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View Poll Results: Importance of home ownership to FI?
Extremely important or essential 31 23.66%
Very important 39 29.77%
Somewhat important 29 22.14%
Not important at all 32 24.43%
Voters: 131. You may not vote on this poll

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Poll: Importance of home ownership
Old 08-25-2014, 12:56 PM   #1
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Poll: Importance of home ownership

I discussed this with a friend recently and thought I'd start a poll here. How important is home ownership to achieving FI? By "home ownership" I'm referring to the process of getting a mortgage for your primary residence when you are younger and eventually paying off your mortgage.

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Old 08-25-2014, 01:01 PM   #2
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It varies so much with individual circumstances that there really is no "one size fits all". In the area I lived in it was extremely important because at the time rents were rising much faster than home prices.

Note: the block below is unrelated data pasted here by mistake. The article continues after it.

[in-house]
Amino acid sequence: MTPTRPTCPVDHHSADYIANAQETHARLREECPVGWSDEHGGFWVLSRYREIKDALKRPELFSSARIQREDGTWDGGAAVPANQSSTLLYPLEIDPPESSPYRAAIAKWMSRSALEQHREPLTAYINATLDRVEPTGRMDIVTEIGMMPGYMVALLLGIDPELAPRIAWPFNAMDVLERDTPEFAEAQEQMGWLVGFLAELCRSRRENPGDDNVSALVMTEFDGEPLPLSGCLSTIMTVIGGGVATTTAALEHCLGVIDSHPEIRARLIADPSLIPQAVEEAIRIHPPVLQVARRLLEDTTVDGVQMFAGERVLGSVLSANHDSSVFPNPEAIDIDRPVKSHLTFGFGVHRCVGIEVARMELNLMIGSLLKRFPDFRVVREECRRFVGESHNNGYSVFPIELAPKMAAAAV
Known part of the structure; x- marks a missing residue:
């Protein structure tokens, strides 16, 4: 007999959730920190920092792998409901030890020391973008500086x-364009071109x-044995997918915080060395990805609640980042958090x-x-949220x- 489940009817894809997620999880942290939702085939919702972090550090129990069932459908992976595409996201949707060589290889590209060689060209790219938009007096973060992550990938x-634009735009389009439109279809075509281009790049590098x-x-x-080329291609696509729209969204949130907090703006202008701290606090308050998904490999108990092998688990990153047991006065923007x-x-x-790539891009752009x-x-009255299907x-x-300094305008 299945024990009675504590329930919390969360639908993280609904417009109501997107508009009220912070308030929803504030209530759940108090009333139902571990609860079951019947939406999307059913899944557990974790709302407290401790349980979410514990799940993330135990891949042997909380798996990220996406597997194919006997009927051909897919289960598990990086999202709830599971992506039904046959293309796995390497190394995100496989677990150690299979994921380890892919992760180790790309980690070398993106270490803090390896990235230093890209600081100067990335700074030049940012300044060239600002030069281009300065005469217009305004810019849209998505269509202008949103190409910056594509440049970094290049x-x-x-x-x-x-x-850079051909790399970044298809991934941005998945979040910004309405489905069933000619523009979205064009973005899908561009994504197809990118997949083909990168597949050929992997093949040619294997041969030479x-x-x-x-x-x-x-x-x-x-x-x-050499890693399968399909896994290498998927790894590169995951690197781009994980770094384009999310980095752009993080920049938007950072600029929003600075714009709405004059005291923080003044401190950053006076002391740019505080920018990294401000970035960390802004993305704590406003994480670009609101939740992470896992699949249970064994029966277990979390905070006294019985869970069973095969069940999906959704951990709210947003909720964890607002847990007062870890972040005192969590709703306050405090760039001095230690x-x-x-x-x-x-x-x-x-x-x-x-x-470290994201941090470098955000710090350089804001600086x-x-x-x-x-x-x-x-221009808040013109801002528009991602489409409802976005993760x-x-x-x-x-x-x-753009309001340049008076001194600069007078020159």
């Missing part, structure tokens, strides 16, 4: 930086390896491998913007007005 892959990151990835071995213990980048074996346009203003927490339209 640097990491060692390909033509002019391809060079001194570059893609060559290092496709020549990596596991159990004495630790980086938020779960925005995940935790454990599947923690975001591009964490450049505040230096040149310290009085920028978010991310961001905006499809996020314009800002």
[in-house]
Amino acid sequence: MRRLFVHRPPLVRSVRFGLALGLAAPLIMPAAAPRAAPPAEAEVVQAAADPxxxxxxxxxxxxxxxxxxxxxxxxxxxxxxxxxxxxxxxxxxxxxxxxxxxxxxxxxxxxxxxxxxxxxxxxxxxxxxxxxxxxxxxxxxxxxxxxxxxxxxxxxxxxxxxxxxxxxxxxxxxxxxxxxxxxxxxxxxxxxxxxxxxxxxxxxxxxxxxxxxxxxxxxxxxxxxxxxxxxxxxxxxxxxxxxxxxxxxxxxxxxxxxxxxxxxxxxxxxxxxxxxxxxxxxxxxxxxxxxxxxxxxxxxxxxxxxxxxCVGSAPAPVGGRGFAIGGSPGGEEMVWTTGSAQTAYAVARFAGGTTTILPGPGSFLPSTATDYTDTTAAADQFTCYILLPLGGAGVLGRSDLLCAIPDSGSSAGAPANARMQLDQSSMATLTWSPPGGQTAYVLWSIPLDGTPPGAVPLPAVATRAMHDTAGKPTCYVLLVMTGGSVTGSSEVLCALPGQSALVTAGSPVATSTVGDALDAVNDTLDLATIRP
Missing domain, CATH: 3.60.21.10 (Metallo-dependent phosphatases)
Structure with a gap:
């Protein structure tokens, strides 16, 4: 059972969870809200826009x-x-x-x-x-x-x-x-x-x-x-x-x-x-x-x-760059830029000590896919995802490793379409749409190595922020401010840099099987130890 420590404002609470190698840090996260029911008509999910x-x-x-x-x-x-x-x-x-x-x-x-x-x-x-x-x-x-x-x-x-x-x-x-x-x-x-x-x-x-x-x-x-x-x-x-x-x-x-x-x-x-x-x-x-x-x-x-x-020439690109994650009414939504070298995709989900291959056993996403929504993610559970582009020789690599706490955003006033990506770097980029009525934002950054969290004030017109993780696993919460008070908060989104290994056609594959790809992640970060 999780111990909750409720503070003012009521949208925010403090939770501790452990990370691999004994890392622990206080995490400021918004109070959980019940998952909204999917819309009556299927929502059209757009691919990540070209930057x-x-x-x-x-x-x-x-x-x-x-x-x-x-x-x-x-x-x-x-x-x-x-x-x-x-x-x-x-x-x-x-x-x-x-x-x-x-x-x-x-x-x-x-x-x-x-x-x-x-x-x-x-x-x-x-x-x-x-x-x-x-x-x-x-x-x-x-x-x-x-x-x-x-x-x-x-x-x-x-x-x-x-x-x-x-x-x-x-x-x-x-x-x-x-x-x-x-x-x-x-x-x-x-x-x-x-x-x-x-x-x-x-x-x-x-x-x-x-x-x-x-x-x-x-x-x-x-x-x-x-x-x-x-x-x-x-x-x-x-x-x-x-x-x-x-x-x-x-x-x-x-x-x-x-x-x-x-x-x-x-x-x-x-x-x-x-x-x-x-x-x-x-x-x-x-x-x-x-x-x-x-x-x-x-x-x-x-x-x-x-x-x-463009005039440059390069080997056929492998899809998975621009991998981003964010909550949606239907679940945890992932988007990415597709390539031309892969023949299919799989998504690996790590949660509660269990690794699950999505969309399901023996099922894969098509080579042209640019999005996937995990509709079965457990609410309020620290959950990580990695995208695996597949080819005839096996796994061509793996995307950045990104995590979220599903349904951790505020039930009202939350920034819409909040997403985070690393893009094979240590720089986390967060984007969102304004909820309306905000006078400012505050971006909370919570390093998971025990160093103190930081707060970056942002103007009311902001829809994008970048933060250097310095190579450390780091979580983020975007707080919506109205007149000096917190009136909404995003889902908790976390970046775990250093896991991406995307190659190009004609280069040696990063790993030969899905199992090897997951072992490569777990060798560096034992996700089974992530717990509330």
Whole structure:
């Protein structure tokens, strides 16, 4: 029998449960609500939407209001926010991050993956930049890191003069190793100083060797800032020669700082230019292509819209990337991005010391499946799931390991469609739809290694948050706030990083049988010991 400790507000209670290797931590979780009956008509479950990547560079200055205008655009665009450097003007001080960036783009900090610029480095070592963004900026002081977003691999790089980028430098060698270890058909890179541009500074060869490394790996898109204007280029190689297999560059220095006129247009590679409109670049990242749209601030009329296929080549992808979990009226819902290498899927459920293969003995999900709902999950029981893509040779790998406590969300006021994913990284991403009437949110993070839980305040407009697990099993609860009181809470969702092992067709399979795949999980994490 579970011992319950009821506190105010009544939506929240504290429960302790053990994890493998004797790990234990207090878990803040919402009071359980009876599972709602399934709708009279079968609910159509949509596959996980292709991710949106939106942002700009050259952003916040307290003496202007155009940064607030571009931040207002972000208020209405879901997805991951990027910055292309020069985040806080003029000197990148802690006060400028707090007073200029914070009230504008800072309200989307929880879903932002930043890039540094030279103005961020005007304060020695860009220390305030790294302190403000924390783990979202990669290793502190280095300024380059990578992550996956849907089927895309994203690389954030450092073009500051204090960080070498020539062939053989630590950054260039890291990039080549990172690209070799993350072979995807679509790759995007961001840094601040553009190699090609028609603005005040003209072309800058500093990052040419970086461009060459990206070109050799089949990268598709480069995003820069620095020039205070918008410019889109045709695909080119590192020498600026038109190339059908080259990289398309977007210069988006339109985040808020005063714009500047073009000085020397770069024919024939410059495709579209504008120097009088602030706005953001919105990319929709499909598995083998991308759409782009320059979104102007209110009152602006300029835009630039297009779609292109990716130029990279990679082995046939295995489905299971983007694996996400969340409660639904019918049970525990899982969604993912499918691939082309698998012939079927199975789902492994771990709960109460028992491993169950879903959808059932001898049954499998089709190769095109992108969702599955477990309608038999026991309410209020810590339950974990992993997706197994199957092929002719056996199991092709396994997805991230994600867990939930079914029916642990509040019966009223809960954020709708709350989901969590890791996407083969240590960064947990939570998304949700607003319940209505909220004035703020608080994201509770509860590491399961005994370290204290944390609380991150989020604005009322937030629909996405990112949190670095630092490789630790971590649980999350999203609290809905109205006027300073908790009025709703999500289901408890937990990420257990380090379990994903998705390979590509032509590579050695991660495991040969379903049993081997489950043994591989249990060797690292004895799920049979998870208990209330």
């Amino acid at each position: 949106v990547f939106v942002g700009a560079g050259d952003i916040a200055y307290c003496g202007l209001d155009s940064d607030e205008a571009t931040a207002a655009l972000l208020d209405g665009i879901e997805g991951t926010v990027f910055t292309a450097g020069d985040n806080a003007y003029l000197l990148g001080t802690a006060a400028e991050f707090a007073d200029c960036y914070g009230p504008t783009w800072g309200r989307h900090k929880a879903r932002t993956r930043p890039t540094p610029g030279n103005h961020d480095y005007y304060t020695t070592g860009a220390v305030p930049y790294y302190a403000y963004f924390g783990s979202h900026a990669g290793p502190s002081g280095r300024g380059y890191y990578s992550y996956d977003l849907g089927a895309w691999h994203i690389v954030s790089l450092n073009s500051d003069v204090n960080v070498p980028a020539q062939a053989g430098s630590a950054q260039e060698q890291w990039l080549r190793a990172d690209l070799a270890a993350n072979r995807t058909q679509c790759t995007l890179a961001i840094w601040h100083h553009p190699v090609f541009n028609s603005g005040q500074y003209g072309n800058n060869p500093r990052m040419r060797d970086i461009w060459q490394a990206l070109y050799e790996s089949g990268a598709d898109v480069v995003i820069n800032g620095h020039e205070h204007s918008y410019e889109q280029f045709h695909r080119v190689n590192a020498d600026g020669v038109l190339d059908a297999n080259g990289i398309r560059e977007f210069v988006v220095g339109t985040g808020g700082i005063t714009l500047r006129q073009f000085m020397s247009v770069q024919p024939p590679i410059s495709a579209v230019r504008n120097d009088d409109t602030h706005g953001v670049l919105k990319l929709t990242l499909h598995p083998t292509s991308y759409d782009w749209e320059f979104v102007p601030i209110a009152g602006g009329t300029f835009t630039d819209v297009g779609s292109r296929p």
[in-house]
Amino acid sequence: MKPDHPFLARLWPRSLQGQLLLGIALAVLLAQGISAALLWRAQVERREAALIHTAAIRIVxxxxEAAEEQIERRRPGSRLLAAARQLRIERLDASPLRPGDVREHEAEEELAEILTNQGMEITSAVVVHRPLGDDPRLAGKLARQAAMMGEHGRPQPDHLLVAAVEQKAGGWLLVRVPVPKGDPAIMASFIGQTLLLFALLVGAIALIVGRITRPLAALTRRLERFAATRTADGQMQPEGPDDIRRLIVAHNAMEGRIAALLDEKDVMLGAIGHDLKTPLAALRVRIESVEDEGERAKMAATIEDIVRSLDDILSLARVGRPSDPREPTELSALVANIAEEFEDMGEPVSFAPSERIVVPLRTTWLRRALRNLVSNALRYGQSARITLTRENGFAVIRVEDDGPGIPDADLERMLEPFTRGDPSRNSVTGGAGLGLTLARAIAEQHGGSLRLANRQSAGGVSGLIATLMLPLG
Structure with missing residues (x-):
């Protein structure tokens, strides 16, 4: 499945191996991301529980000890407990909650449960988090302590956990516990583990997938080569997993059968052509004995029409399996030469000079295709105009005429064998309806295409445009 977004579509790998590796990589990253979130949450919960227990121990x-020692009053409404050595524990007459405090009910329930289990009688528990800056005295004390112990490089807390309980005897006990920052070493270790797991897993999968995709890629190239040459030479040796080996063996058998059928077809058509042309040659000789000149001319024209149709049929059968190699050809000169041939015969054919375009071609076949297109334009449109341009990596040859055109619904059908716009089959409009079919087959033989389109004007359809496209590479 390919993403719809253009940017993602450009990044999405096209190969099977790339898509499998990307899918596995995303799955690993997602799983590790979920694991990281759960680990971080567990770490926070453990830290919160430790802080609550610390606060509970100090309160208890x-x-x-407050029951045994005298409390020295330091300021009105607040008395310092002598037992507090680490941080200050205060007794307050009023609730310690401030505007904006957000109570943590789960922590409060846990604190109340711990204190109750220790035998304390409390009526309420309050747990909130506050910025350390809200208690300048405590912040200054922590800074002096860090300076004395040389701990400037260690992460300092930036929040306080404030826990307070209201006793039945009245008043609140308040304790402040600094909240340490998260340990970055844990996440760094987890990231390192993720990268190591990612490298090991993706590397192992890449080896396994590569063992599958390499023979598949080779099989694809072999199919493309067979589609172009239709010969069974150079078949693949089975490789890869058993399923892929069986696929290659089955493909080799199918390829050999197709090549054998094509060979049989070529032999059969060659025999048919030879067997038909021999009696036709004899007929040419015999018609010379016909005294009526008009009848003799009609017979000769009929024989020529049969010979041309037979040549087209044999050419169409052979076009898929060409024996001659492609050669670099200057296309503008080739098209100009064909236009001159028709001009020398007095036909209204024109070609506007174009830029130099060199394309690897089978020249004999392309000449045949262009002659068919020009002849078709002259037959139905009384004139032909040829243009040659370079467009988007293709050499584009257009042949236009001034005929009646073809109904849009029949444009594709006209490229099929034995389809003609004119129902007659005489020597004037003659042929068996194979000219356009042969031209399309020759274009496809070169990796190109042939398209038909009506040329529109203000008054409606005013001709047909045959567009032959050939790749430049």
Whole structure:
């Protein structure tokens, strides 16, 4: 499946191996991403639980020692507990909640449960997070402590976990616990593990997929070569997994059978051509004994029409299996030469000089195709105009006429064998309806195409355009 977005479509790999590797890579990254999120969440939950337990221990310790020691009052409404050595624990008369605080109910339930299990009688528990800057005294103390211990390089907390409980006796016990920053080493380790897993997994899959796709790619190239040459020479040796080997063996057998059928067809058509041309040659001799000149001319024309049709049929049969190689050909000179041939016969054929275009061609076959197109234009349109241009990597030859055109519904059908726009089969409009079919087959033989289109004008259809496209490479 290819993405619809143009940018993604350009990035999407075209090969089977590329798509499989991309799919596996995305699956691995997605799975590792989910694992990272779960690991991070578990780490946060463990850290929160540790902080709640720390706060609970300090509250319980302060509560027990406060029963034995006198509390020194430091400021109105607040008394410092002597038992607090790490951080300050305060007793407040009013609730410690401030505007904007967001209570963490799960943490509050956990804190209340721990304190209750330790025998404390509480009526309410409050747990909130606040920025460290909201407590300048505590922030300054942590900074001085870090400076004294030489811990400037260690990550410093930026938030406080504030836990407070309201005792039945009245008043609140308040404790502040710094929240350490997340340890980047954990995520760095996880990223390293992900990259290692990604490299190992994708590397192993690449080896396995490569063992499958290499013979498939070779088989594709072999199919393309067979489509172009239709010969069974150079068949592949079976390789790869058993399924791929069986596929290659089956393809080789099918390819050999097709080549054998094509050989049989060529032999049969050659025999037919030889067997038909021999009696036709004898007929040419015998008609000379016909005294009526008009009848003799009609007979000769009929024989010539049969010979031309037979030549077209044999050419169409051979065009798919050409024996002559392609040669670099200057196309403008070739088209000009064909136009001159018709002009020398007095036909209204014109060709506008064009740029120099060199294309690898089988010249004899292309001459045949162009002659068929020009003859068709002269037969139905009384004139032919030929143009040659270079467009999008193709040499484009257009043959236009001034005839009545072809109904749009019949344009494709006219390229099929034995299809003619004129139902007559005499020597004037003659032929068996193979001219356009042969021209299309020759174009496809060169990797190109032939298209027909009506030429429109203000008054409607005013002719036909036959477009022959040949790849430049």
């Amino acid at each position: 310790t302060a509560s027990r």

Although I was "house poor" for a couple of years had I not bought a house I would rapidly have had to move to smaller and smaller rental accommodations. Clearly that was not the case everywhere.

I heard the call to do nothing. So I answered it.
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Old 08-25-2014, 01:12 PM   #3
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I would think for most people in general it is very important. After my first house, I have been fortunate to be able to pay for my next three homes with cash. To me having a mortgage is a debt hanging over your head. Debt, IMHO is the biggest hurdle to being FI. I've never looked at a house as an investment just something you need in order to live and raise a family. Just my way of thinking.
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Old 08-25-2014, 01:24 PM   #4
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There is also the community benefit that people who own their homes generally take better care of them and participate in the community more than renters.
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Old 08-25-2014, 01:37 PM   #5
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I voted, but while it's been important/essential for generations, that doesn't guarantee it will be for generations to come. I wonder which perspective each member voting had in mind?
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Old 08-25-2014, 01:38 PM   #6
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Home ownership with no mortgage is crucial to my ER. Additionally my home is a two family and my tenant pays me $1200/month in rent. My home is also a nice diversifier for
my portfolio.
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Old 08-25-2014, 01:45 PM   #7